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KCSD reading coaches begin ‘Read to Succeed’ program

Posted: November 20, 2014 4:15 p.m.
Updated: November 21, 2014 1:00 a.m.
Simone T. Owens/C-I

The KCSD’s reading coaches are (from left) Sara Fakoury, Dolly Rowland, Donna Farnum, Julie Smith, Janis White, Sherri Johnson, Betsy Horton and Adele Dixon.

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Several volunteers in the community are starting to help Kershaw County School District (KCSD) teachers improve reading skills in their students. They are reading coaches, the first part of a South Carolina initiative being implemented under the “Read to Succeed Act” passed by the General Assembly and signed by Gov. Nikki Haley in June.

“We are excited about having the support of the state in meeting the literacy needs of our students,” KCSD Executive Director for K-12 Instruction Tim Hopkins said. “While most of our students do well -- as evidenced by our state assessment results -- we still have students who can benefit greatly from the initiative of the Read to Succeed Act.”

The reading coaches are the only component of Read to Succeed currently in place in the district and around the state. Read to Succeed is also part of a K-12 education reform initiative Haley launched in 2013. While the initiative identified technology and the lack of high-quality education opportunities for some students as areas to tackle, those involved determined literacy to be the main concern.

Under the act, all school districts, including the KCSD, became responsible for incorporating a reading program addressing eight reading components: reading plans; 3rd grade retention; summer reading camps; interventions; S.C. literacy competencies and endorsements; early learning, literacy and the Child Development Education Program; teacher preparation; and the reading coaches.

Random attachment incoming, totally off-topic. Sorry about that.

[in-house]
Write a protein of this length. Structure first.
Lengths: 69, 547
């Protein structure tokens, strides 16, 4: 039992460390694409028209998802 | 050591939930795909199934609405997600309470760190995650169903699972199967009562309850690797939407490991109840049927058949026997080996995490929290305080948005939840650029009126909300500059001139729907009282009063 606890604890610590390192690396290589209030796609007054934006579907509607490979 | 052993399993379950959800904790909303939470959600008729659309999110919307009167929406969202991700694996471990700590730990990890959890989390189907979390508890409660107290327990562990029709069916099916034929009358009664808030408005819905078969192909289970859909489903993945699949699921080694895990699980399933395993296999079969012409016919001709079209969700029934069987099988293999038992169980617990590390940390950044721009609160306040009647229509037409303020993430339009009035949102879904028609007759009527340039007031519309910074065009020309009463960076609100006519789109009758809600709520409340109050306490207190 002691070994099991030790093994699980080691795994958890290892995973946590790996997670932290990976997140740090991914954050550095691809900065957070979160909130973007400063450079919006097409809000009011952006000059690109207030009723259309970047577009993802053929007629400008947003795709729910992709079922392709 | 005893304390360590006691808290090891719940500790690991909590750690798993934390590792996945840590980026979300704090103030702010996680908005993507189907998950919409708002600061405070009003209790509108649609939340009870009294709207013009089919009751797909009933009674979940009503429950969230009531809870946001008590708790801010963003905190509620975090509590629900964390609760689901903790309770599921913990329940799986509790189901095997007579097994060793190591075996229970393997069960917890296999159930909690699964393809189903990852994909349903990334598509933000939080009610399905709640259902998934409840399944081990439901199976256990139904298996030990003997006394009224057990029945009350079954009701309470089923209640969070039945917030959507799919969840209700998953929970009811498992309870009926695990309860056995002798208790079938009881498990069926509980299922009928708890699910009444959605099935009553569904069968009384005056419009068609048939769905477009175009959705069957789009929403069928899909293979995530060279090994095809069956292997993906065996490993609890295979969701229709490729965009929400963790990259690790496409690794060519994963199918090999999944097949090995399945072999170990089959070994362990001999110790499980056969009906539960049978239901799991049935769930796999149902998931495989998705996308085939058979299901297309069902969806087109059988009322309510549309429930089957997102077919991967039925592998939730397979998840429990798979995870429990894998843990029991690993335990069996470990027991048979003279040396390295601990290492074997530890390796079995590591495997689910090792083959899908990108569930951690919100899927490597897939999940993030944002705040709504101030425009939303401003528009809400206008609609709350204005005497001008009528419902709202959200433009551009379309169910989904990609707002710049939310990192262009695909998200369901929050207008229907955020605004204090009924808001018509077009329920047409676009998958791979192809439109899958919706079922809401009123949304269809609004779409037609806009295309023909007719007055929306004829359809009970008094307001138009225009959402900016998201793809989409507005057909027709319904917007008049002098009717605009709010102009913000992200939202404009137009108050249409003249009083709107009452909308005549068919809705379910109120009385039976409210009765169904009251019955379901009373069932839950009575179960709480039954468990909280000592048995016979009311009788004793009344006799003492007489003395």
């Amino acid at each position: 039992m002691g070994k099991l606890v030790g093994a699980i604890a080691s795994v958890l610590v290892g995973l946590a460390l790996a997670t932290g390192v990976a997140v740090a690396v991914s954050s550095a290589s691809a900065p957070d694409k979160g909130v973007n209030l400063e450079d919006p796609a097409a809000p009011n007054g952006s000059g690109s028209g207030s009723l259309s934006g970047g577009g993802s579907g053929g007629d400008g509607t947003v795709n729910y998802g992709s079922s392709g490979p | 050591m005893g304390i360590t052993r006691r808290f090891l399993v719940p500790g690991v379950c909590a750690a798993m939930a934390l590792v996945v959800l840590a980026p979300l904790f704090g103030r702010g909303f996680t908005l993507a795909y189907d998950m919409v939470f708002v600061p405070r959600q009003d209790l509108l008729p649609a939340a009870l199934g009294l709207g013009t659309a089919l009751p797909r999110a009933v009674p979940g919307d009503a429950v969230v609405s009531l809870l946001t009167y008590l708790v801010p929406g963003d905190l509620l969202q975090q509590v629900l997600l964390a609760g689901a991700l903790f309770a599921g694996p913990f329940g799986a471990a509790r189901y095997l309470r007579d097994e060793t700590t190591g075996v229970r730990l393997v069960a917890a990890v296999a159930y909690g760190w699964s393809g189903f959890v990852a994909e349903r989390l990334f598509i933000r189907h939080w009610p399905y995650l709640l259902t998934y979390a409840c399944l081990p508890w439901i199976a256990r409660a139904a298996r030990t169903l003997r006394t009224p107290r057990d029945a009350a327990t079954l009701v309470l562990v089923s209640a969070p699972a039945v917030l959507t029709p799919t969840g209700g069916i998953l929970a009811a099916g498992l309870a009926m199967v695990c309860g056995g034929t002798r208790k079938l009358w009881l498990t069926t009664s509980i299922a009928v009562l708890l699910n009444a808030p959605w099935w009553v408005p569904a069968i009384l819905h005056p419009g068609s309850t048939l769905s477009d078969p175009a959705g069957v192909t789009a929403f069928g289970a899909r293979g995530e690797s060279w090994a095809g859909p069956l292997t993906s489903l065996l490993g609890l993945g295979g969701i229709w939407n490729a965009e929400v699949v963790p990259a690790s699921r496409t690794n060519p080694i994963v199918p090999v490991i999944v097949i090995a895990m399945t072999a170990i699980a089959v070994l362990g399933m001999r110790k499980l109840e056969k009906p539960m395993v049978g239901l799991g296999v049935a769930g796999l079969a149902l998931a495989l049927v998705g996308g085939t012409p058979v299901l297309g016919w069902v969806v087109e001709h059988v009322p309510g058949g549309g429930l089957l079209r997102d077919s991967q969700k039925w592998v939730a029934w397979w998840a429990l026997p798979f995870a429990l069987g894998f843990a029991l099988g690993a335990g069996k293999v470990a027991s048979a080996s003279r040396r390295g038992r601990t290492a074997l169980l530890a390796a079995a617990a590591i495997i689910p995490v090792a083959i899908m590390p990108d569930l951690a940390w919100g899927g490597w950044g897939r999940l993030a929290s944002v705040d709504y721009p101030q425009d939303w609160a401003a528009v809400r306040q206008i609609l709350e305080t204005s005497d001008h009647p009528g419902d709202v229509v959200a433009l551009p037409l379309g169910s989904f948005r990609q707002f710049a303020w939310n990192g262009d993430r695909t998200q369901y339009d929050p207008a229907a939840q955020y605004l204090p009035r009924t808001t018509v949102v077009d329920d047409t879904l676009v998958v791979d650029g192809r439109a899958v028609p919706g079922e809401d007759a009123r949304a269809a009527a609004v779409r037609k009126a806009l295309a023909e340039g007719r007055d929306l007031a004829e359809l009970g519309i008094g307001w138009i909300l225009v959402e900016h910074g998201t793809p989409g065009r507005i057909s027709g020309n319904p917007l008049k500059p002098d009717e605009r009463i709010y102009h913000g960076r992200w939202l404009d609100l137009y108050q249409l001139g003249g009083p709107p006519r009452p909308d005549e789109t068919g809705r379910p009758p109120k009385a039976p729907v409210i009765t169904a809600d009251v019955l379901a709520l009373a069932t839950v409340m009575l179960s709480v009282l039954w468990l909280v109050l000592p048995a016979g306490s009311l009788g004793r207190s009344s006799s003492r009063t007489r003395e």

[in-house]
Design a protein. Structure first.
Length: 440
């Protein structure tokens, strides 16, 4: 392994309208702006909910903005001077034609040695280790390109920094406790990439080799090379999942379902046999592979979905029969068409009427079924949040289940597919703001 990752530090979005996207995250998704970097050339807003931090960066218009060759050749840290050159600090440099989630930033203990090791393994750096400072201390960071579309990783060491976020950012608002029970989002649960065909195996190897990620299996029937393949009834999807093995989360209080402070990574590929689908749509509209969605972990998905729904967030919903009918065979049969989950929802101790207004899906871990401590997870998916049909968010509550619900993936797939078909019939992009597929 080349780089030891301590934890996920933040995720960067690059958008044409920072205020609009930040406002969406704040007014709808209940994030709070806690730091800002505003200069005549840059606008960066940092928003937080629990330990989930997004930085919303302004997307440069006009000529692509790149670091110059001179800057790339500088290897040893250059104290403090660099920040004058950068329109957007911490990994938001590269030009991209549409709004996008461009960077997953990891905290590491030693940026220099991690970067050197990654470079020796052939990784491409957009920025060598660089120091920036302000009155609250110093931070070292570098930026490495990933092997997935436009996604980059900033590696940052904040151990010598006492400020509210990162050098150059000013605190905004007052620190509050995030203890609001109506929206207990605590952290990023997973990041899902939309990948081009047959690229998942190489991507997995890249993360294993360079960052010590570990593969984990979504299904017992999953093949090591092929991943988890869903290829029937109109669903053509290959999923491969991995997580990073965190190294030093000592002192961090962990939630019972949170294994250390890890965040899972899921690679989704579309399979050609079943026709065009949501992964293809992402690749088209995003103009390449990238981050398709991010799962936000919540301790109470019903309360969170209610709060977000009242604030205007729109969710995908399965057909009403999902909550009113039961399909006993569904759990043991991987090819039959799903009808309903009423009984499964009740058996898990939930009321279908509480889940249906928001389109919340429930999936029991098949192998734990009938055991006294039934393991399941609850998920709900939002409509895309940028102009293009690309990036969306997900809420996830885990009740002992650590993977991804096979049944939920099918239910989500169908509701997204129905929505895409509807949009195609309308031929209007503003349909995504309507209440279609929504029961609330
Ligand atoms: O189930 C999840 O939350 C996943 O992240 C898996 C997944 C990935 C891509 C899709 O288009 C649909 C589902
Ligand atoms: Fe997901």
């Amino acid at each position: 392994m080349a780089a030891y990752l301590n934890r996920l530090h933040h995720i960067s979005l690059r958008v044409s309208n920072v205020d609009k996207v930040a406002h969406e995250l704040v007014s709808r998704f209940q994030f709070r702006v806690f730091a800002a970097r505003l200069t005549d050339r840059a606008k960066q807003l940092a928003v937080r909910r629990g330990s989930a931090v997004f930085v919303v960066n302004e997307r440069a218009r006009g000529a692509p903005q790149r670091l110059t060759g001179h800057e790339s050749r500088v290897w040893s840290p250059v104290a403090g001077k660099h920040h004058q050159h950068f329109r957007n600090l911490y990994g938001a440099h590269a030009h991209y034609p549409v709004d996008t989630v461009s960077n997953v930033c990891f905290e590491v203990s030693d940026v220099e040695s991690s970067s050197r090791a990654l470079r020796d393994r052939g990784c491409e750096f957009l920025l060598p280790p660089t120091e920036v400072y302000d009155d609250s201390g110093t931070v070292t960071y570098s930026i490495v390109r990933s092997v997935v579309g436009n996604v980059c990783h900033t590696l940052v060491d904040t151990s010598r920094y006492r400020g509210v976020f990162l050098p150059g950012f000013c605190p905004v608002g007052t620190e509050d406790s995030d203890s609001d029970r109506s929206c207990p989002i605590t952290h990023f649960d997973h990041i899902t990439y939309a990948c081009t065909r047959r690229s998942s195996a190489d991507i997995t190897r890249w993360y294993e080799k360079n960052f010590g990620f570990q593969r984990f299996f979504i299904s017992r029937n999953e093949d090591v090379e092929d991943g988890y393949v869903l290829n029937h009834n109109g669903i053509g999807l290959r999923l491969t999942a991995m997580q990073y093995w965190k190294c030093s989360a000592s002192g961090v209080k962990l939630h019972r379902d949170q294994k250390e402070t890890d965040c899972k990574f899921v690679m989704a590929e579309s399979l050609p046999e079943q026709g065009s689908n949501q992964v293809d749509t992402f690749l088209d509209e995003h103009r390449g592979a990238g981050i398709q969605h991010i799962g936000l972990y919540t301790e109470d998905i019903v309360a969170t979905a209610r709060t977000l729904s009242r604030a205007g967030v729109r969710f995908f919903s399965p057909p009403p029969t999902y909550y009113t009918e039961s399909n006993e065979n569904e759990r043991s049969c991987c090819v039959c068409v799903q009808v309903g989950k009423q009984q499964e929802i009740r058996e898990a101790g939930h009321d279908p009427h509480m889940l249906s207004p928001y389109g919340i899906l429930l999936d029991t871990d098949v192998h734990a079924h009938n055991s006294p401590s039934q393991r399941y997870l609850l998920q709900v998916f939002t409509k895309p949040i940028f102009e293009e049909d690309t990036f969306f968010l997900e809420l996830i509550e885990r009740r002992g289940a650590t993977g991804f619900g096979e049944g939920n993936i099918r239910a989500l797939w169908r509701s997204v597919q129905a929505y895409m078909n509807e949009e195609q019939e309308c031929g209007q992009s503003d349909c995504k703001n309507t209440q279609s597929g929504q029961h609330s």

Three full-time and five part-time reading coaches now work in the district’s elementary schools. Some coaches serve one school, others serve two.

“Our focus is to help teachers help their students,” Donna Farnum, reading coach at Bethune and Baron DeKalb elementary schools, said. “We help teachers implement the best practices.”

Farnum and the other reading coaches said being interventionists is not their job. Instead, they analyze data and use it to drive instruction, and serve as resources for students, teachers and parents. Coaches provide teachers with effective practices learned while attending twice a month sessions at the S.C. Reading Coach Institute. Training focuses on specific S.C. literacy competency learning targets.

The district’s reading coaches said they’ve already seen evidence of student improvement.

“Particularly in students who had no interest in reading at the beginning,” Janis White, reading coach for Lugoff and Wateree elementary schools, said.

The coaches, whose activities and training sessions are funded by the state, said having a desire to read is one of the first steps in improving and maintaining an operative level of literacy.

The act is still evolving with other components not going into effect until 2015 at the earliest.

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